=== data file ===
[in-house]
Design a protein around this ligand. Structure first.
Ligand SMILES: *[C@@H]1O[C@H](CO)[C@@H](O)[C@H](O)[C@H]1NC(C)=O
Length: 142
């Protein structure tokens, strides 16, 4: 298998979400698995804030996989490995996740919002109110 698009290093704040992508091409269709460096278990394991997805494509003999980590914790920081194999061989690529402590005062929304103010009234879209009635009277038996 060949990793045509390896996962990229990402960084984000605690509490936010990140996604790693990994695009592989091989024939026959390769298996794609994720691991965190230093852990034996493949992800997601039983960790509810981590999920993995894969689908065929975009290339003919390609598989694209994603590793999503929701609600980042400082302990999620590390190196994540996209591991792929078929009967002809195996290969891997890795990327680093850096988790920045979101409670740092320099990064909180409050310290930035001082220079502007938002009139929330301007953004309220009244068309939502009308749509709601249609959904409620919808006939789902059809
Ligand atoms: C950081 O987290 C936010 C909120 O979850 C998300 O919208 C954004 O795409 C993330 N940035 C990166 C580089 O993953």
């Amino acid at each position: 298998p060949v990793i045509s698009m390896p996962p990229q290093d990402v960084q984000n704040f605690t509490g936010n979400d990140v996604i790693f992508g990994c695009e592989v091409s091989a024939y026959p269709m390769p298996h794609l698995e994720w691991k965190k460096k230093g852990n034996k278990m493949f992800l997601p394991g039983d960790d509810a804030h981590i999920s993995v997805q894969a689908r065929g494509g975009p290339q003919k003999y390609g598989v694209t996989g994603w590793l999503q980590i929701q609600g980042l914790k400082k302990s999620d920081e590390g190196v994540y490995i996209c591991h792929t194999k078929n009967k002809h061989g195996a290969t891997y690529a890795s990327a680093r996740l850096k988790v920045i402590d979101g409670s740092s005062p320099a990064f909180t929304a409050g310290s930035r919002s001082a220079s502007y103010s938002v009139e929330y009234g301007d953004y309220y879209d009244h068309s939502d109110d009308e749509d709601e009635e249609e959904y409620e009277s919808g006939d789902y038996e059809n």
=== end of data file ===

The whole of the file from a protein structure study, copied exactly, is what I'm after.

[in-house]
Design a protein around this ligand. Structure first.
Ligand SMILES: *[C@@H]1O[C@H](CO)[C@@H](O)[C@H](O)[C@H]1NC(C)=O
Length: 142
């Protein structure tokens, strides 16, 4: 298998979400698995804030996989490995996740919002109110 698009290093704040992508091409269709460096278990394991997805494509003999980590914790920081194999061989690529402590005062929304103010009234879209009635009277038996 060949990793045509390896996962990229990402960084984000605690509490936010990140996604790693990994695009592989091989024939026959390769298996794609994720691991965190230093852990034996493949992800997601039983960790509810981590999920993995894969689908065929975009290339003919390609598989694209994603590793999503929701609600980042400082302990999620590390190196994540996209591991792929078929009967002809195996290969891997890795990327680093850096988790920045979101409670740092320099990064909180409050310290930035001082220079502007938002009139929330301007953004309220009244068309939502009308749509709601249609959904409620919808006939789902059809
Ligand atoms: C950081 O987290 C936010 C909120 O979850 C998300 O919208 C954004 O795409 C993330 N940035 C990166 C580089 O993953």
């Amino acid at each position: 298998p060949v990793i045509s698009m390896p996962p990229q290093d990402v960084q984000n704040f605690t509490g936010n979400d990140v996604i790693f992508g990994c695009e592989v091409s091989a024939y026959p269709m390769p298996h794609l698995e994720w691991k965190k460096k230093g852990n034996k278990m493949f992800l997601p394991g039983d960790d509810a804030h981590i999920s993995v997805q894969a689908r065929g494509g975009p290339q003919k003999y390609g598989v694209t996989g994603w590793l999503q980590i929701q609600g980042l914790k400082k302990s999620d920081e590390g190196v994540y490995i996209c591991h792929t194999k078929n009967k002809h061989g195996a290969t891997y690529a890795s990327a680093r996740l850096k988790v920045i402590d979101g409670s740092s005062p320099a990064f909180t929304a409050g310290s930035r919002s001082a220079s502007y103010s938002v009139e929330y009234g301007d953004y309220y879209d009244h068309s939502d109110d009308e749509d709601e009635e249609e959904y409620e009277s919808g006939d789902y038996e059809n």